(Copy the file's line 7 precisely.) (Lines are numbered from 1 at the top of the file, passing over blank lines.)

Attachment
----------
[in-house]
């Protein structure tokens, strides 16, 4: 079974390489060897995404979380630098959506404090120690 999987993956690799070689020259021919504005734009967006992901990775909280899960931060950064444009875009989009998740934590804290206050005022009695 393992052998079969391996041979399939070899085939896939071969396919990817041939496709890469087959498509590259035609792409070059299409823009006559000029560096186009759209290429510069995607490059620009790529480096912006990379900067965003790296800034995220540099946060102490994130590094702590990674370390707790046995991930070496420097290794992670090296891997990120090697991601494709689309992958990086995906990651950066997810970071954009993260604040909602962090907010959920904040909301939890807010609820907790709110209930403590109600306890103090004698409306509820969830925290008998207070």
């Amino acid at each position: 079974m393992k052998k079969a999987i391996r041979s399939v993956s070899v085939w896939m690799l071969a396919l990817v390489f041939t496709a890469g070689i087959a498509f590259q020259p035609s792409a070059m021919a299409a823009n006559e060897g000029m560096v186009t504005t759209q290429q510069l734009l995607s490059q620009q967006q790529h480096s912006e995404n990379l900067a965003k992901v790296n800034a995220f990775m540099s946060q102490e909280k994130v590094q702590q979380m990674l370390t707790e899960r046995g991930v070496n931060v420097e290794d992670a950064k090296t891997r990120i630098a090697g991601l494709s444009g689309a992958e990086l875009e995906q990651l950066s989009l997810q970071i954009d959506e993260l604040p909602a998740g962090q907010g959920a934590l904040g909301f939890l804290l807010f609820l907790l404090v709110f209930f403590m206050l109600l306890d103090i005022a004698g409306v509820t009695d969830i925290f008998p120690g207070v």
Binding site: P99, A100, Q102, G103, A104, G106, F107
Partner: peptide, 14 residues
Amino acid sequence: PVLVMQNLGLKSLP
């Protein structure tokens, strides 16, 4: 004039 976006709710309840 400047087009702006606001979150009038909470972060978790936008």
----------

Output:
């Protein structure tokens, strides 16, 4: 004039 976006709710309840 400047087009702006606001979150009038909470972060978790936008």